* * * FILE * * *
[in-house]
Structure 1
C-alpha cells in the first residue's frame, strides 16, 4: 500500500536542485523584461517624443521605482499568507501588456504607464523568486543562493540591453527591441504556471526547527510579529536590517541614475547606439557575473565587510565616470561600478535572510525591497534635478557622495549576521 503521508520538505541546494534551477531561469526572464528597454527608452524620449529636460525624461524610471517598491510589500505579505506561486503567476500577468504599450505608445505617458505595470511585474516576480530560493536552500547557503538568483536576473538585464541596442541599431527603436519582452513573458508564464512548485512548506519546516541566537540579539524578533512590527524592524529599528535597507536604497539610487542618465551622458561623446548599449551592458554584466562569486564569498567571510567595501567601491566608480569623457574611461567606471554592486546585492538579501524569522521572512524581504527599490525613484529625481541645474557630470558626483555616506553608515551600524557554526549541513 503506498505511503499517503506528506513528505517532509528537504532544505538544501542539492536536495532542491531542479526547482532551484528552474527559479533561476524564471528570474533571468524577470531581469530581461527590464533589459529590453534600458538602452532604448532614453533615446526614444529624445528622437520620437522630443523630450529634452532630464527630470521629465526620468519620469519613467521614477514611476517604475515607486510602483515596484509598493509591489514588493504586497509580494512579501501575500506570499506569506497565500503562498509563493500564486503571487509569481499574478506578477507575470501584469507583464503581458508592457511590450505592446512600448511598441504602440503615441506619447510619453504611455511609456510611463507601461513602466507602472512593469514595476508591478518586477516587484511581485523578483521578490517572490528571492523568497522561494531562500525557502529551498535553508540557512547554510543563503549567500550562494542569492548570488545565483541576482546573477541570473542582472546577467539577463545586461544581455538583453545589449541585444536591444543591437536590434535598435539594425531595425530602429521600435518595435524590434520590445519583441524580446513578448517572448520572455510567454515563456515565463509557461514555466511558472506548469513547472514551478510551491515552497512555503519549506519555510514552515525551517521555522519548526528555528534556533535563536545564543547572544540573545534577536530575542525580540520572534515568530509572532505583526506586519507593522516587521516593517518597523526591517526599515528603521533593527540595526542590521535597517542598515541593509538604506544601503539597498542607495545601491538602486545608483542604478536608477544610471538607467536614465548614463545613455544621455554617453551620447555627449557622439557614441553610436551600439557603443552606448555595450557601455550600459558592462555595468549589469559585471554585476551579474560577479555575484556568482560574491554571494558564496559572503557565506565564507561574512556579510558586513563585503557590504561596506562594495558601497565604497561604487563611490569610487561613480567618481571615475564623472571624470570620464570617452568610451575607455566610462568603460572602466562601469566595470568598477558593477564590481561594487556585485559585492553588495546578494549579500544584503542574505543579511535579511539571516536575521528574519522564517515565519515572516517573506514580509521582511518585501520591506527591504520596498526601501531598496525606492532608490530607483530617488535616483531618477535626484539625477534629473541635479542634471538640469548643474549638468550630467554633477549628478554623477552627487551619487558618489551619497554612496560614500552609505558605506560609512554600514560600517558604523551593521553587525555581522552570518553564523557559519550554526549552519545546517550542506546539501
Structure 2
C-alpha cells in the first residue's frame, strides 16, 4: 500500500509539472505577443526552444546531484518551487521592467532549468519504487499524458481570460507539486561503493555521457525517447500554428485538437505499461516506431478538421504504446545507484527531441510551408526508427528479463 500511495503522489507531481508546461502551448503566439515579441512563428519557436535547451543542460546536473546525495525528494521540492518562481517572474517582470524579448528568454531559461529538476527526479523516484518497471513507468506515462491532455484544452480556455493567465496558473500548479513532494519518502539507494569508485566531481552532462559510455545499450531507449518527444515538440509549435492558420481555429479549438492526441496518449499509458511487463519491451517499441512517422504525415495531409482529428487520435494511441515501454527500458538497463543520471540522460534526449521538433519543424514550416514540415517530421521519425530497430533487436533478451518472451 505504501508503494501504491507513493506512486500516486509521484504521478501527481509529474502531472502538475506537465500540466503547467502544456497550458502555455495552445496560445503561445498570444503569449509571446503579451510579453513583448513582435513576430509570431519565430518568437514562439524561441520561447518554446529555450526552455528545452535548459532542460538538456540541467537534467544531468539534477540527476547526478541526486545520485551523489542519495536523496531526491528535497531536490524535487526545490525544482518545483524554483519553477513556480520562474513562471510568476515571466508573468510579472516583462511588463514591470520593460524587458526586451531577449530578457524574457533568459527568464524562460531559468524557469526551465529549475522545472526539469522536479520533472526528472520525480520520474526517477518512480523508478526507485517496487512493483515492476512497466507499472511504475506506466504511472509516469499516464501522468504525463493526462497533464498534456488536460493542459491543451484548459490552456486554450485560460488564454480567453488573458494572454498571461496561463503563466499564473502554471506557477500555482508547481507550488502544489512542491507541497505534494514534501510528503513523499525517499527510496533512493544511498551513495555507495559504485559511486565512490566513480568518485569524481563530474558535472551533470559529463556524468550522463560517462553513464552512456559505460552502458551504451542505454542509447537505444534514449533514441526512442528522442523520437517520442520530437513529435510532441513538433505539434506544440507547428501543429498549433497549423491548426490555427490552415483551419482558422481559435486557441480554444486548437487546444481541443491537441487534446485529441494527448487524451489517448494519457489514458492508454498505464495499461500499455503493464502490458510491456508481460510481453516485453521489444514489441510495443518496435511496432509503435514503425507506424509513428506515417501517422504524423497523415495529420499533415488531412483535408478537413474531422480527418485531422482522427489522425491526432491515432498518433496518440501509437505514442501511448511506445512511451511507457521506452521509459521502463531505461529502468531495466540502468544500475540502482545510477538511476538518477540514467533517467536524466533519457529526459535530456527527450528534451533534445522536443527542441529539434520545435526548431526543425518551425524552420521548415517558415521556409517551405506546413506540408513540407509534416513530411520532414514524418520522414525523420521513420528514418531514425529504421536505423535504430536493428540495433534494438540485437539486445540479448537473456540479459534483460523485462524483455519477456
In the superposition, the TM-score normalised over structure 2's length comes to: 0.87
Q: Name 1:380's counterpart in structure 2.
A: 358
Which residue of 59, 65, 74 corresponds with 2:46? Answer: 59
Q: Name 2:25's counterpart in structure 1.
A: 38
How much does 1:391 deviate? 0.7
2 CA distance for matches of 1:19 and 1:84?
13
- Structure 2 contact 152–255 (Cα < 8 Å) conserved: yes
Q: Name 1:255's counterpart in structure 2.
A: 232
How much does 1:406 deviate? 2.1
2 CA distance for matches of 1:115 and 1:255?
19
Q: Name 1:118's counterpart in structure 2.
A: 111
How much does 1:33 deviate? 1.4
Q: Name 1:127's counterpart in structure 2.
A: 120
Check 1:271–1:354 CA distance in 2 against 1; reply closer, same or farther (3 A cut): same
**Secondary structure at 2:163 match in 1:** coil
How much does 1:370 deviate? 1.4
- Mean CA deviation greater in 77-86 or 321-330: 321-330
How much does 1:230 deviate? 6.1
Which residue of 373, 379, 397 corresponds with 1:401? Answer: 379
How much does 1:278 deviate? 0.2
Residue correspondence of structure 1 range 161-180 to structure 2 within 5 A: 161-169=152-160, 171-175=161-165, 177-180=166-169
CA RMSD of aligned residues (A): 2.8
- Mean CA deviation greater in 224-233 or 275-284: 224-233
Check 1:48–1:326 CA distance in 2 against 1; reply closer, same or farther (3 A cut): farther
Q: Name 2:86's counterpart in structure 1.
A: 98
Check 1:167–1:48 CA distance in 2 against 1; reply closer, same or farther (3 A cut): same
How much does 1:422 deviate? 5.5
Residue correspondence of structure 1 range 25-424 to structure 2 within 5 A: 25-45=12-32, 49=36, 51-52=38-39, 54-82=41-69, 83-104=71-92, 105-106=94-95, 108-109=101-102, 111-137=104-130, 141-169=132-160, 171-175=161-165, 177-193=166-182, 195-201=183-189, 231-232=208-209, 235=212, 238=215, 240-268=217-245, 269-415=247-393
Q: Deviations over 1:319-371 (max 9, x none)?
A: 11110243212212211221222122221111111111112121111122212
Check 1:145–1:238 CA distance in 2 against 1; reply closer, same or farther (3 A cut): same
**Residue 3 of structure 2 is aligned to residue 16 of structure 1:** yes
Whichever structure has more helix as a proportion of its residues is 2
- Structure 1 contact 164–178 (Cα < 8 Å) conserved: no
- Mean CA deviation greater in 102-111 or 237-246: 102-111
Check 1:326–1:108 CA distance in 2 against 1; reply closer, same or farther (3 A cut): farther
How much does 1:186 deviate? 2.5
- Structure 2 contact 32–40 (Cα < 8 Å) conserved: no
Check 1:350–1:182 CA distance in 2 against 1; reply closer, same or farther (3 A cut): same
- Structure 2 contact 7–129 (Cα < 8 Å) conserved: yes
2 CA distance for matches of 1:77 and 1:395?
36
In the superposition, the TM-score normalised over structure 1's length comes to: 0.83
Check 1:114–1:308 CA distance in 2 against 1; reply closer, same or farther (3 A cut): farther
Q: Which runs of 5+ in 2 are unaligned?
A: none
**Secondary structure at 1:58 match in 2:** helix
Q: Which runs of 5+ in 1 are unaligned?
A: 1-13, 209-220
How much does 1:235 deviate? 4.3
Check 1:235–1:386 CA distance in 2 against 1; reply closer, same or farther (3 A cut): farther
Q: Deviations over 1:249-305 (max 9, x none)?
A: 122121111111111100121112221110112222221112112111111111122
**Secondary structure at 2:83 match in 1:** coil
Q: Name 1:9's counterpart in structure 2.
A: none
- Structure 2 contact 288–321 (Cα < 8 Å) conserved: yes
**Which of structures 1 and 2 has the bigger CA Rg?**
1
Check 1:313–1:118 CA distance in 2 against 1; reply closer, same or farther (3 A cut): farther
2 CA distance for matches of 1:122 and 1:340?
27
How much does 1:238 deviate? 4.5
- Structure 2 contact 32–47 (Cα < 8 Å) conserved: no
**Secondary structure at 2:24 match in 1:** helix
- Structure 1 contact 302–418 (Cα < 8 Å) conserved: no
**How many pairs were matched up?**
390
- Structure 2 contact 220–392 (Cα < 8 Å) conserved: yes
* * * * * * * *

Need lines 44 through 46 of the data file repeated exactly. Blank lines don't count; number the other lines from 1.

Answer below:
Check 1:145–1:238 CA distance in 2 against 1; reply closer, same or farther (3 A cut): same
**Residue 3 of structure 2 is aligned to residue 16 of structure 1:** yes
Whichever structure has more helix as a proportion of its residues is 2